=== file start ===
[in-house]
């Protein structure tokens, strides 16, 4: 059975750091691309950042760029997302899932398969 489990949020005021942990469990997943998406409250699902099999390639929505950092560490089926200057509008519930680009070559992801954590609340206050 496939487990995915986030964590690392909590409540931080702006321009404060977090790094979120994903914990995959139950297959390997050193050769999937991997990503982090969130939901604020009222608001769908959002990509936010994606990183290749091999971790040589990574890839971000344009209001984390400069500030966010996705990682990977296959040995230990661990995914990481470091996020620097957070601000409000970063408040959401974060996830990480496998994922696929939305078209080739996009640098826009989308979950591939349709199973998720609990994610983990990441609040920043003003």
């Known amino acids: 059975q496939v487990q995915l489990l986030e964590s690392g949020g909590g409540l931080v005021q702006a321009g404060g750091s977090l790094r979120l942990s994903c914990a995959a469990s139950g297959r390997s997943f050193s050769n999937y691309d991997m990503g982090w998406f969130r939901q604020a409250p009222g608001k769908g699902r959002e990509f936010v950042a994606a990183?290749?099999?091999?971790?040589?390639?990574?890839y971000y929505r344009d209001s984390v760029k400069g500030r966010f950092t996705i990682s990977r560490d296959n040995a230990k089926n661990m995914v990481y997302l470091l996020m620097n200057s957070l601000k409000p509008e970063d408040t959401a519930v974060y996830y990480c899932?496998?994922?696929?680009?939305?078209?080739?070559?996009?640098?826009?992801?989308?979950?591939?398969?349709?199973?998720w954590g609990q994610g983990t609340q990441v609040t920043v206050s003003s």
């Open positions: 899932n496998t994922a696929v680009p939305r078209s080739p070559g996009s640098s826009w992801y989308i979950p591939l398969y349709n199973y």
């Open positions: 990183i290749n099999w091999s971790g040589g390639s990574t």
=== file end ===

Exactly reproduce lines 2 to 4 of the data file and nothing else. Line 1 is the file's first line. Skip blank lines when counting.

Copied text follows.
């Protein structure tokens, strides 16, 4: 059975750091691309950042760029997302899932398969 489990949020005021942990469990997943998406409250699902099999390639929505950092560490089926200057509008519930680009070559992801954590609340206050 496939487990995915986030964590690392909590409540931080702006321009404060977090790094979120994903914990995959139950297959390997050193050769999937991997990503982090969130939901604020009222608001769908959002990509936010994606990183290749091999971790040589990574890839971000344009209001984390400069500030966010996705990682990977296959040995230990661990995914990481470091996020620097957070601000409000970063408040959401974060996830990480496998994922696929939305078209080739996009640098826009989308979950591939349709199973998720609990994610983990990441609040920043003003």
């Known amino acids: 059975q496939v487990q995915l489990l986030e964590s690392g949020g909590g409540l931080v005021q702006a321009g404060g750091s977090l790094r979120l942990s994903c914990a995959a469990s139950g297959r390997s997943f050193s050769n999937y691309d991997m990503g982090w998406f969130r939901q604020a409250p009222g608001k769908g699902r959002e990509f936010v950042a994606a990183?290749?099999?091999?971790?040589?390639?990574?890839y971000y929505r344009d209001s984390v760029k400069g500030r966010f950092t996705i990682s990977r560490d296959n040995a230990k089926n661990m995914v990481y997302l470091l996020m620097n200057s957070l601000k409000p509008e970063d408040t959401a519930v974060y996830y990480c899932?496998?994922?696929?680009?939305?078209?080739?070559?996009?640098?826009?992801?989308?979950?591939?398969?349709?199973?998720w954590g609990q994610g983990t609340q990441v609040t920043v206050s003003s």
């Open positions: 899932n496998t994922a696929v680009p939305r078209s080739p070559g996009s640098s826009w992801y989308i979950p591939l398969y349709n199973y």